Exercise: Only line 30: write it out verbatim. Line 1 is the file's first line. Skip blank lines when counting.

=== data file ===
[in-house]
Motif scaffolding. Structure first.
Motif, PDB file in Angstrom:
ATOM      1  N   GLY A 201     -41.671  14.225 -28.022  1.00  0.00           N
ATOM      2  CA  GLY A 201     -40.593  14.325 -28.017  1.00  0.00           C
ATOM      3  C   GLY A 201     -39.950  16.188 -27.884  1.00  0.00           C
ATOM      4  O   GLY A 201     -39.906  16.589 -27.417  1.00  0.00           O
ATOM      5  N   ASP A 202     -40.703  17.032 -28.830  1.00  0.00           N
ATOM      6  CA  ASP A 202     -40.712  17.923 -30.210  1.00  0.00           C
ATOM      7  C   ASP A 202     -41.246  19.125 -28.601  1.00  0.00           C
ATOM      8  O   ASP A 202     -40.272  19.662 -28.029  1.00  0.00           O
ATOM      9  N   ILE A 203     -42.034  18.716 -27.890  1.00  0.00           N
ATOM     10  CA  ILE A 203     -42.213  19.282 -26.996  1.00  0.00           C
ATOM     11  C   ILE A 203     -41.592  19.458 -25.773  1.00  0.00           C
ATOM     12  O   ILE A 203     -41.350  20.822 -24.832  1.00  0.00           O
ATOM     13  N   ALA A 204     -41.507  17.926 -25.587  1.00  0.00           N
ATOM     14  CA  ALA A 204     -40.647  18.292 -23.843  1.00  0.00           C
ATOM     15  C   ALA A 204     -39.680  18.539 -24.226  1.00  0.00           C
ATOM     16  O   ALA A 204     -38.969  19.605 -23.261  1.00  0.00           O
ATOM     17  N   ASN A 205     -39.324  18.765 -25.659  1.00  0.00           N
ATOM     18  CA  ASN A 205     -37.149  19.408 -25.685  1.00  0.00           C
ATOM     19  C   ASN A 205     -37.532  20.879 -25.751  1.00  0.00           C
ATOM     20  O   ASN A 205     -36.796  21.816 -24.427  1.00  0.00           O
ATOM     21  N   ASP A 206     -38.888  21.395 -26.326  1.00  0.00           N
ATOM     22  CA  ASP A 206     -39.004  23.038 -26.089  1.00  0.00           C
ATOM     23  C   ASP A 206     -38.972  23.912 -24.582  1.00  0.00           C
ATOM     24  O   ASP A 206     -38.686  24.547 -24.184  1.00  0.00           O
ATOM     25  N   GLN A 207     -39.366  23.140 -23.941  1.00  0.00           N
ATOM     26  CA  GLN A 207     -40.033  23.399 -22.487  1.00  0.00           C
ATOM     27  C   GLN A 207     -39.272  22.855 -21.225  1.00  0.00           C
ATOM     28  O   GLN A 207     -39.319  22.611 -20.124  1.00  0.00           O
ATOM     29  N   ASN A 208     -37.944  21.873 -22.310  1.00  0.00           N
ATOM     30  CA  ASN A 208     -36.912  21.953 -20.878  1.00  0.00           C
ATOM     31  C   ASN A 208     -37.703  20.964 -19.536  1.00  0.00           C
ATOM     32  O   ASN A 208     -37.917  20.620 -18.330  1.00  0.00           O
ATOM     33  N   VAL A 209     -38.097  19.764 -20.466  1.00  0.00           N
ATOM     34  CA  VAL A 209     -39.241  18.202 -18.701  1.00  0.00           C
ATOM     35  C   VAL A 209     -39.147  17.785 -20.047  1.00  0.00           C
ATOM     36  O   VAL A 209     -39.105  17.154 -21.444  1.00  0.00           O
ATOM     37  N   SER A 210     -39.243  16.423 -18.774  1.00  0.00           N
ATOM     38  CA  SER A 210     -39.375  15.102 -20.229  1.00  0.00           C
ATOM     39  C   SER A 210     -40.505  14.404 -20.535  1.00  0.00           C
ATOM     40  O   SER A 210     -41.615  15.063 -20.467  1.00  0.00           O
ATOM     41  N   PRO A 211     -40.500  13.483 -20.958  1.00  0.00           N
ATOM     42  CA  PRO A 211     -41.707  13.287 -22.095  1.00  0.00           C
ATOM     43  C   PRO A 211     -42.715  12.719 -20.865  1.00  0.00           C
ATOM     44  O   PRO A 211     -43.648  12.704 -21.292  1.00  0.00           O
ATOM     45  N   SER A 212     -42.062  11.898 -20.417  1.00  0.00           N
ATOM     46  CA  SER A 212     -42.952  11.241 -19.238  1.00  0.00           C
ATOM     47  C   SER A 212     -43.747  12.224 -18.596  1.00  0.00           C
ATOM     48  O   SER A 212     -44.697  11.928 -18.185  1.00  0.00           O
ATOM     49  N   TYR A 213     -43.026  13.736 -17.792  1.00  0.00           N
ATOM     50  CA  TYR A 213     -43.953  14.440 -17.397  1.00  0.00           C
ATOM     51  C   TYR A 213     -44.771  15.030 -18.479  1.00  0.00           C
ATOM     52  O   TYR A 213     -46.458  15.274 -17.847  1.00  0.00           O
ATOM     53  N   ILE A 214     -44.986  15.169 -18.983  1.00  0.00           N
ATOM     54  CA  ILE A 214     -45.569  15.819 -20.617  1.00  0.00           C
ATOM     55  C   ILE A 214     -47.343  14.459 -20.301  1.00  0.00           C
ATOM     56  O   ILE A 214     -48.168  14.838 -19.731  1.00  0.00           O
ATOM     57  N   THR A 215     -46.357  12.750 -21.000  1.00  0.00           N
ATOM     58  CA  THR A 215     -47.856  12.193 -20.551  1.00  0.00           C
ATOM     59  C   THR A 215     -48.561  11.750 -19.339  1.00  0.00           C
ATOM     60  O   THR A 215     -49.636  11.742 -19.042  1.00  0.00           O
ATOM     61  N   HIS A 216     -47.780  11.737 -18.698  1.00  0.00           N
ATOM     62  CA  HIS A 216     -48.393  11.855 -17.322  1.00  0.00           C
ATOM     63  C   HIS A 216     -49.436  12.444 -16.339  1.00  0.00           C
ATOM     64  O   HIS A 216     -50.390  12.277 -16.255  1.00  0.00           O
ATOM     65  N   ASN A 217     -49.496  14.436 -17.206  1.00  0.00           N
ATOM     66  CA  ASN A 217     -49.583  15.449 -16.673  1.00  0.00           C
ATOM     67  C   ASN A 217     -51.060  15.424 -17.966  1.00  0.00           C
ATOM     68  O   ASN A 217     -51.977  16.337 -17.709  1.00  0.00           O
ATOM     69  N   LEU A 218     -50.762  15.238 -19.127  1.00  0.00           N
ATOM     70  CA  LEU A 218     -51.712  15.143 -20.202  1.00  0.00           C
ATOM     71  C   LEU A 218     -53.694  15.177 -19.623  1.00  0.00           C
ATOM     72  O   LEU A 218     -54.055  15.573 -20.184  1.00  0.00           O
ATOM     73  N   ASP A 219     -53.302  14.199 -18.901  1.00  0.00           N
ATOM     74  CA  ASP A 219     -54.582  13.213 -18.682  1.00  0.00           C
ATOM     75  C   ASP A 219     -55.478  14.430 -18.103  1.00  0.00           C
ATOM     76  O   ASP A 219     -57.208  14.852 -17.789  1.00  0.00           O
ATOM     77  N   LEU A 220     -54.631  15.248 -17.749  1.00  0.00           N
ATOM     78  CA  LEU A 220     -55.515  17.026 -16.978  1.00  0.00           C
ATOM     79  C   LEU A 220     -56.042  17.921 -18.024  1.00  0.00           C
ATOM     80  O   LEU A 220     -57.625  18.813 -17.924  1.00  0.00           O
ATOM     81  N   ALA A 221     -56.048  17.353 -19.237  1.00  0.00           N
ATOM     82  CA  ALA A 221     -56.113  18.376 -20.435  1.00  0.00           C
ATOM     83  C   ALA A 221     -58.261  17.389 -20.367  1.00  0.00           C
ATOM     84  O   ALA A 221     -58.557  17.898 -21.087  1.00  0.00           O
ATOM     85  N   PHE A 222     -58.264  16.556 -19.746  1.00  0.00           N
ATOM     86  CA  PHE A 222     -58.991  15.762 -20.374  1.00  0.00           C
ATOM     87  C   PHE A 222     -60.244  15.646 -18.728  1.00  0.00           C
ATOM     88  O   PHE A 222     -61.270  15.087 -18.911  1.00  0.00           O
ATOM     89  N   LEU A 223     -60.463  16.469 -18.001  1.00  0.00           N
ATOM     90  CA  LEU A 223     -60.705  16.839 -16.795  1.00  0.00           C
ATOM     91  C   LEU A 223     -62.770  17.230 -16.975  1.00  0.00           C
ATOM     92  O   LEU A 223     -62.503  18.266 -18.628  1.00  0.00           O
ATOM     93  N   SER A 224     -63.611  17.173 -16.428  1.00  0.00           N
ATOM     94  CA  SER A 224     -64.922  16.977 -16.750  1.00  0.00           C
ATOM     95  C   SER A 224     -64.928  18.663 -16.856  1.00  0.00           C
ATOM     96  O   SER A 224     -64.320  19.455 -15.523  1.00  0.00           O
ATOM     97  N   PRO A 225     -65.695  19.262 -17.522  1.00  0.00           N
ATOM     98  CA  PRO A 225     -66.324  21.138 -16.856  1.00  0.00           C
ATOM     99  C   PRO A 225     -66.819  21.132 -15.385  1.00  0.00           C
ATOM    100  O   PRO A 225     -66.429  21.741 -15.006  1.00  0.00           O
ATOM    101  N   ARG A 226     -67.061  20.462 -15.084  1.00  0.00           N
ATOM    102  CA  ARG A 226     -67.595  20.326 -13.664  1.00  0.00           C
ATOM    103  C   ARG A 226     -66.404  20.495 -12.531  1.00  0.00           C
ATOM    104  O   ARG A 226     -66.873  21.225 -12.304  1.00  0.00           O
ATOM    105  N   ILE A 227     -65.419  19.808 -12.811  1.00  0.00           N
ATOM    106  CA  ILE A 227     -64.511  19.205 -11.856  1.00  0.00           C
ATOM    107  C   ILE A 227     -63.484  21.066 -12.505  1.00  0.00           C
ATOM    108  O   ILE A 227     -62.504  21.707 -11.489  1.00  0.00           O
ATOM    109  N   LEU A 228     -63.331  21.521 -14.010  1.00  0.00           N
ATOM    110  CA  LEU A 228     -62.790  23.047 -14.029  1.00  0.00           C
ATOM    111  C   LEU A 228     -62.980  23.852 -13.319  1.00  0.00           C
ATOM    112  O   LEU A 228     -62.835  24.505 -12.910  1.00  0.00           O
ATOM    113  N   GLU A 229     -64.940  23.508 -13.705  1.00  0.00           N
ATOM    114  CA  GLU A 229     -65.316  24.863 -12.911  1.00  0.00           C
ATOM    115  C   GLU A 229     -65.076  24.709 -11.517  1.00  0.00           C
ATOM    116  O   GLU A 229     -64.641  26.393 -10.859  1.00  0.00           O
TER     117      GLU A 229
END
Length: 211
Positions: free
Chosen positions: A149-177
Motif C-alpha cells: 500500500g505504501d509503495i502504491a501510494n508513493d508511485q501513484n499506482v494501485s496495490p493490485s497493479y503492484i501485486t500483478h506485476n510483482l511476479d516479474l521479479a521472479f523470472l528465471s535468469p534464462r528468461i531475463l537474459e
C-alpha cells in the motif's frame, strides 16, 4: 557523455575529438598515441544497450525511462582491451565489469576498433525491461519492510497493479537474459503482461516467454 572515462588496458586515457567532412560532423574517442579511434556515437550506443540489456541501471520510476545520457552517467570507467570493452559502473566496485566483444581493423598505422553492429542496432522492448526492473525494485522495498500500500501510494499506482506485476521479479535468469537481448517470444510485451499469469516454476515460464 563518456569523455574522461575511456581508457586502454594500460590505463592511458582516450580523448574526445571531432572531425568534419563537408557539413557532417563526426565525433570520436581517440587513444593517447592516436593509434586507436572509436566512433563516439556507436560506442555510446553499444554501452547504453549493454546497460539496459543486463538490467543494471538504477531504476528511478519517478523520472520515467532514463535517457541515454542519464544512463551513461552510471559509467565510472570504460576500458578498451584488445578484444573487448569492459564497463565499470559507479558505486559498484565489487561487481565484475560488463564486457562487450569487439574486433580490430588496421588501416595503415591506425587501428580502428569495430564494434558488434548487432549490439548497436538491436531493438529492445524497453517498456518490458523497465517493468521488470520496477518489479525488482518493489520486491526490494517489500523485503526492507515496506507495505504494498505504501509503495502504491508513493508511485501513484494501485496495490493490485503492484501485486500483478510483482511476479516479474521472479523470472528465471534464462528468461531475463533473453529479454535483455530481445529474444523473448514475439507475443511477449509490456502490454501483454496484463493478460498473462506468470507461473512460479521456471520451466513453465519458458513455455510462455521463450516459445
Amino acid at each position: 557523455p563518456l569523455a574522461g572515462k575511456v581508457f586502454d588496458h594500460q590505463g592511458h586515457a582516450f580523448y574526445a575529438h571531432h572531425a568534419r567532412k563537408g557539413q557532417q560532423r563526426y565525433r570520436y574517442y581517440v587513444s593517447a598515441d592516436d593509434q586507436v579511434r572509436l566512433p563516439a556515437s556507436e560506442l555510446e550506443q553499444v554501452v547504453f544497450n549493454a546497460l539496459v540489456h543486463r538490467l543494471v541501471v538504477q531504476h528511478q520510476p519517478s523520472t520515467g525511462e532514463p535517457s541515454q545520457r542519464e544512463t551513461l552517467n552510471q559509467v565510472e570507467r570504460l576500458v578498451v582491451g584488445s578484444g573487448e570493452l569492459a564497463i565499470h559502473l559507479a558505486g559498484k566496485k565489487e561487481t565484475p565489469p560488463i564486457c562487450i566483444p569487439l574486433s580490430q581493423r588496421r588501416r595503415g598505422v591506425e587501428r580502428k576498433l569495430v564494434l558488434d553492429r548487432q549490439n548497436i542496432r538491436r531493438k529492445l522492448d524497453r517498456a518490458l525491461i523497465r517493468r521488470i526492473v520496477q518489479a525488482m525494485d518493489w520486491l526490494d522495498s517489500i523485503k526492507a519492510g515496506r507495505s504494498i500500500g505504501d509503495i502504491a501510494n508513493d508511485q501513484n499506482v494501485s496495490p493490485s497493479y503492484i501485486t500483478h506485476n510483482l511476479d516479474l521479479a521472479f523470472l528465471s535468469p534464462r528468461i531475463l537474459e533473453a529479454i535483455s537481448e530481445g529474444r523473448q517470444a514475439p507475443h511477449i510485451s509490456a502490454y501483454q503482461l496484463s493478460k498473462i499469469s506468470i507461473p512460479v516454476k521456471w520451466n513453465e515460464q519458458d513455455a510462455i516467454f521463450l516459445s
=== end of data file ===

ATOM     27  C   GLN A 207     -39.272  22.855 -21.225  1.00  0.00           C